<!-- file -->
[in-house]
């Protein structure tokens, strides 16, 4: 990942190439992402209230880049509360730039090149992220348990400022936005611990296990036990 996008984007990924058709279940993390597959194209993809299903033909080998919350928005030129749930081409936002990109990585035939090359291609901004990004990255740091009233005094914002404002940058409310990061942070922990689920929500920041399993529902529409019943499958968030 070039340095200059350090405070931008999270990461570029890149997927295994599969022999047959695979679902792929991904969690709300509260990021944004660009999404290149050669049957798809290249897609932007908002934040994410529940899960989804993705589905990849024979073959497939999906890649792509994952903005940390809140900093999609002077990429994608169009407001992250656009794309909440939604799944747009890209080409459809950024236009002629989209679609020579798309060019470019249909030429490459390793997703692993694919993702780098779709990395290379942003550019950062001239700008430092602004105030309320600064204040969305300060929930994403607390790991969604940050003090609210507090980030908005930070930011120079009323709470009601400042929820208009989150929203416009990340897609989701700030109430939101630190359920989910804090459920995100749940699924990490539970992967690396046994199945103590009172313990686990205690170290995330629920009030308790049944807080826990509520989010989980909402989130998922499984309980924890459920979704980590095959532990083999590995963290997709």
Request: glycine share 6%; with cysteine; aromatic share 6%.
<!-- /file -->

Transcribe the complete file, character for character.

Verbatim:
[in-house]
């Protein structure tokens, strides 16, 4: 990942190439992402209230880049509360730039090149992220348990400022936005611990296990036990 996008984007990924058709279940993390597959194209993809299903033909080998919350928005030129749930081409936002990109990585035939090359291609901004990004990255740091009233005094914002404002940058409310990061942070922990689920929500920041399993529902529409019943499958968030 070039340095200059350090405070931008999270990461570029890149997927295994599969022999047959695979679902792929991904969690709300509260990021944004660009999404290149050669049957798809290249897609932007908002934040994410529940899960989804993705589905990849024979073959497939999906890649792509994952903005940390809140900093999609002077990429994608169009407001992250656009794309909440939604799944747009890209080409459809950024236009002629989209679609020579798309060019470019249909030429490459390793997703692993694919993702780098779709990395290379942003550019950062001239700008430092602004105030309320600064204040969305300060929930994403607390790991969604940050003090609210507090980030908005930070930011120079009323709470009601400042929820208009989150929203416009990340897609989701700030109430939101630190359920989910804090459920995100749940699924990490539970992967690396046994199945103590009172313990686990205690170290995330629920009030308790049944807080826990509520989010989980909402989130998922499984309980924890459920979704980590095959532990083999590995963290997709």
Request: glycine share 6%; with cysteine; aromatic share 6%.